Academics for the sake of academics is rarely valuable in any field. I like the idea of what you said about Multnomah, those already serving getting the education they need to rightly divide the word of truth.

    Seminaries are great for teaching the what but we need to learn the how in the context of church. Church leaders must be equippers. We have a church of consumers because that’s the church we’ve planted. Leaders must recognize, call out, equip, and release those entrusted to them into their own calling and/or ministry for the edification of the church.

    Seminaries seam to miss that critical point.

    • Tyler

      From everything I’ve seen in my seminary experience, few things are academics for the sake of academics. Seminaries understand the key role they play WITH the church. I don’t think they miss that point at all.

  • Chad Harvey

    I believe Seminary is still valuable, for sure. However, I’ve been a Pastor for 4 years, graduated from a state college, and have just 1 term of seminary under my belt. I value it, but I haven’t really pursued it. Why? It is really expensive.

    I couldn’t justify going into debt in order to be better ‘prepared’ for ministry. I realize there are less expensive online programs, but what I got most from my limited experience in seminary was the peer interaction. I already study online and read books on my own… why would I pay for it?

    God has been incredibly good to me. He has allowed me to develop relationships with people who truly challenge me to go deeper in my studies and my intimacy with my Creator. He has also blessed the ministry I have been privileged to be a part of. I recommend seminary for everyone who asks me about it… I’m just struggling with whether or not it is what God has for me. Does that make me a hypocrite?

    • Tyler

      We’ve talked about this before so I won’t exhaust the conversation again here. For each person the answer is different. For some seminary is such a high importance and priority that they incur debt to it, for others it might mean waiting until the timing fits better.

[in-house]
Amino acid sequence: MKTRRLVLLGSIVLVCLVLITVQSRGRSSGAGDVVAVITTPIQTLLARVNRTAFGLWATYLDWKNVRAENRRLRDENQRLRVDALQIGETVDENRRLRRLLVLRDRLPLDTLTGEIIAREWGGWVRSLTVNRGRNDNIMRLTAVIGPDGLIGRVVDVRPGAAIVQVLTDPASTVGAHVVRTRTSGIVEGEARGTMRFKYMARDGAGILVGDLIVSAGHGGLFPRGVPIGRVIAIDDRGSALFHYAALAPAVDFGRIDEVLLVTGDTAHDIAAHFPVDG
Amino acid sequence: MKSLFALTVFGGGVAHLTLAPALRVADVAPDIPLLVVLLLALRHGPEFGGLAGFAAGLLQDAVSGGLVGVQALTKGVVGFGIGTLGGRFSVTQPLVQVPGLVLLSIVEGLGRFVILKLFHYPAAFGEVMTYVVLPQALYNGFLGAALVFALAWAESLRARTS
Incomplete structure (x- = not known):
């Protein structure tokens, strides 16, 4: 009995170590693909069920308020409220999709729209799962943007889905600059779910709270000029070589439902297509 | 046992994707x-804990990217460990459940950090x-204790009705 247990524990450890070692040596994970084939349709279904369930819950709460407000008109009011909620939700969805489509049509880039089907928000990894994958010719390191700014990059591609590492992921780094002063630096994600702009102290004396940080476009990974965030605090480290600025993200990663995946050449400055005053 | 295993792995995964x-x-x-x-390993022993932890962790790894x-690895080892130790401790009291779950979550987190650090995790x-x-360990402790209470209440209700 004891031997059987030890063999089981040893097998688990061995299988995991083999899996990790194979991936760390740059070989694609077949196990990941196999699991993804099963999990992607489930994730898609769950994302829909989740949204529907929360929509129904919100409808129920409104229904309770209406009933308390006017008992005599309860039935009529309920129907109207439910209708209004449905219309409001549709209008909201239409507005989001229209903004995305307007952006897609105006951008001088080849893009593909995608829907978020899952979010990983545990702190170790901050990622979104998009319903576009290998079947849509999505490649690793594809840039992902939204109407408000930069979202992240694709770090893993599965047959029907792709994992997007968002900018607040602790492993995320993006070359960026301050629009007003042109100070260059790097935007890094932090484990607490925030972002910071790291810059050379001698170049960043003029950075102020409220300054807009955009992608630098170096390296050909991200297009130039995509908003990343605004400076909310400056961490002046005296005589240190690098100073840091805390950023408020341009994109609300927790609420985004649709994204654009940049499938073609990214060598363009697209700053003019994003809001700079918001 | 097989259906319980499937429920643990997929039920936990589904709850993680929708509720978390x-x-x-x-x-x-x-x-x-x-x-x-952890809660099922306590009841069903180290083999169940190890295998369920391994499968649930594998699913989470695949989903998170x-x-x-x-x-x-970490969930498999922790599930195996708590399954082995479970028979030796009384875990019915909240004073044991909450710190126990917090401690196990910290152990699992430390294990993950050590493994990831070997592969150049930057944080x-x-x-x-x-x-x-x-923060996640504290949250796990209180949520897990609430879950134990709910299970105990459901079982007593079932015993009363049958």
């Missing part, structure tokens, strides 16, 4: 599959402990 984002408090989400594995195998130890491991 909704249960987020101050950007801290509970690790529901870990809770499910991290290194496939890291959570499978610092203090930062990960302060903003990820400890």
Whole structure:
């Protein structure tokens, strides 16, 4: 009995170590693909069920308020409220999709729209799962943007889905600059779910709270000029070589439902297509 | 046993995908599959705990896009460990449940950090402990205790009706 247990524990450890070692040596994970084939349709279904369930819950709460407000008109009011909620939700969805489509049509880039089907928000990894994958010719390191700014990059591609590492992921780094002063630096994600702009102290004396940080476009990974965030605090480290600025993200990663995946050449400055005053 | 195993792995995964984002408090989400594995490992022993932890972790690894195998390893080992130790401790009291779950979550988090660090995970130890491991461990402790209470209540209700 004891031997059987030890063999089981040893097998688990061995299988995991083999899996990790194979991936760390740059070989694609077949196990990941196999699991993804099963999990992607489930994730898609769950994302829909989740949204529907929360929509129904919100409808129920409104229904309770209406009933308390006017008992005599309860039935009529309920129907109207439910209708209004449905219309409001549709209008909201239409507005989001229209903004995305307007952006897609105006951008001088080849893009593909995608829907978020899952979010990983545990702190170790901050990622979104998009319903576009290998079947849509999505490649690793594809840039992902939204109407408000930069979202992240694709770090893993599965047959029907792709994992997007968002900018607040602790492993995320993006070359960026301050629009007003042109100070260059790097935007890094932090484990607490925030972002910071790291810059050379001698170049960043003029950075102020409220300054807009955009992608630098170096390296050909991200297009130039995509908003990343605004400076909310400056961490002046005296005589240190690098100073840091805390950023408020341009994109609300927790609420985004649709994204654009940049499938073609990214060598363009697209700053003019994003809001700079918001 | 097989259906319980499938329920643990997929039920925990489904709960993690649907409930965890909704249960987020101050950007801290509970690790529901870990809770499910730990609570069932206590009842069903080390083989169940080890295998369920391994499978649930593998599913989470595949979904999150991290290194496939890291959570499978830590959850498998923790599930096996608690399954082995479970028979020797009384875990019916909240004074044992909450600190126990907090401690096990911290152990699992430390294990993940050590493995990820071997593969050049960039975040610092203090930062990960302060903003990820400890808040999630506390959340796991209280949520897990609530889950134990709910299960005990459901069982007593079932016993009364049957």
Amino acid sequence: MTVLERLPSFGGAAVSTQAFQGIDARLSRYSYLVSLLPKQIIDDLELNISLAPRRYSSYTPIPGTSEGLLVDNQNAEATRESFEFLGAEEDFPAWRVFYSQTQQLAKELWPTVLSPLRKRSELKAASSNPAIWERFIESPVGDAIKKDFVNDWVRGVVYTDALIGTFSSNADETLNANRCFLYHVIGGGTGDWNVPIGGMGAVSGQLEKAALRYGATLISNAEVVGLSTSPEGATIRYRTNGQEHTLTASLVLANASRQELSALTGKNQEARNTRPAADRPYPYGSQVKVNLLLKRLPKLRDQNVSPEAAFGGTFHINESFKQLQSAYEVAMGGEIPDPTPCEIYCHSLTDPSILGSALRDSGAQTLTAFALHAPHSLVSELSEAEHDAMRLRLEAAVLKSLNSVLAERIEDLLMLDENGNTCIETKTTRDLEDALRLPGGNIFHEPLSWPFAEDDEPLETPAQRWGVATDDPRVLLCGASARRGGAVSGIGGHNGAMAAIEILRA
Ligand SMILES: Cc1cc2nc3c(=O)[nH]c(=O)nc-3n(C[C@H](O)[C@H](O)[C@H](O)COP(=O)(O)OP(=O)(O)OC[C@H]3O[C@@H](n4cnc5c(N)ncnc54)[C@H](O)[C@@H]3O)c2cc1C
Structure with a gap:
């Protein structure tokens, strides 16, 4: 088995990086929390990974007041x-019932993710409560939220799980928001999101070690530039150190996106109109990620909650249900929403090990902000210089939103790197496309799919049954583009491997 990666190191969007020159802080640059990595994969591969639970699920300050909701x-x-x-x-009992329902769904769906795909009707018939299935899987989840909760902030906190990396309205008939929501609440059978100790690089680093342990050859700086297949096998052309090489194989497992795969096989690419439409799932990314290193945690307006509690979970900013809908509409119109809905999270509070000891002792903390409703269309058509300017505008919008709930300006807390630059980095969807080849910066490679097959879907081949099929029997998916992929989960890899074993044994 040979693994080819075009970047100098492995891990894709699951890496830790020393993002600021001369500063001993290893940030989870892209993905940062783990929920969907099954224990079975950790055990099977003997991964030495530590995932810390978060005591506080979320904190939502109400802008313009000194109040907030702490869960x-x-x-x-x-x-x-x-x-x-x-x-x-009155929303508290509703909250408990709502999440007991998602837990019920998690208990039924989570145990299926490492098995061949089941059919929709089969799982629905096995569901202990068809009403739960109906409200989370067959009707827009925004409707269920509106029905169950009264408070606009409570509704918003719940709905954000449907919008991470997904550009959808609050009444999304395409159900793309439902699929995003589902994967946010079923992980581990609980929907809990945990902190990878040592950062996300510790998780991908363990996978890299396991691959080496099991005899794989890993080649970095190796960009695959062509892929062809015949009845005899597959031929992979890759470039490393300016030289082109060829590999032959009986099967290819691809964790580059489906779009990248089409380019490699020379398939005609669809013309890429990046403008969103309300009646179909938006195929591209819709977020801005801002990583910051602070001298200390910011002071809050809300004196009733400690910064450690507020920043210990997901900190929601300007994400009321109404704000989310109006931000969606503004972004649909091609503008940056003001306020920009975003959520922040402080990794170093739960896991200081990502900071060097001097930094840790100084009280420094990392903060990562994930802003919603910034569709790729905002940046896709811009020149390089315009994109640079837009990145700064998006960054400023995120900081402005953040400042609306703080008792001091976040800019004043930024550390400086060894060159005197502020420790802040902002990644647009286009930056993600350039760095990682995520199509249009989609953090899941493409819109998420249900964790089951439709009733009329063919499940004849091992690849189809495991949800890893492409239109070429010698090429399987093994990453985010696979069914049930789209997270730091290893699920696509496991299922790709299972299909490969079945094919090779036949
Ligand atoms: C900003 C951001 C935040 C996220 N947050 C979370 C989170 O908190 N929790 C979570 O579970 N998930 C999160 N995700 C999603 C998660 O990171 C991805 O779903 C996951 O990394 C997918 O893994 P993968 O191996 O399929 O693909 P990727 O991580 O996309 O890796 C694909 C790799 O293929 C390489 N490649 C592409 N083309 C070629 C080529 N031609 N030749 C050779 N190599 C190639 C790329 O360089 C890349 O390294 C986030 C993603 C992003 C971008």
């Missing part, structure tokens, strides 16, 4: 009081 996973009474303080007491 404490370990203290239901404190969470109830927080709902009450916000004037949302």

• Jay McKenney

    I went to a Christian school growing up, then went to a Christian College but not seminary. I have been in full time ministry in one way or another for about 10 years. And I would say I still want, need, hope by the grace of God someday I get a seminary education. I think it would be so so so valuable.

  • Michael

    Totally agree with you that it’s still valuable. Not only that, I feel it should be required for a senior pastoral position within the church. As a young pastor in the making, I definitely plan on going to seminary later on in life and definitely before I start moving up within the church. It’s tough to hear when people without even going to bible college are able to get pastoral positions but it happens. I totally think someone needs to go to seminary or at least some extended bible education to be in a pastoral position.

  • Jeff Patterson

    Totally agree. Learners will crave learning (experiential knowledge, as Paul points us to in Colossians 1, Philippians 1, and Ephesians 3), and desire to learn from the best and deepest. We make it so that our Pastors need to be pursuing Bible education, and a goal is to have a seminary education. And have made exceptions because of the character, passion, wisdom, and learning trajectory of the best candidates. Be a learner and you may just have many options.

    See you in class tomorrow at Multnomah. Now back to our Psalm 51 project.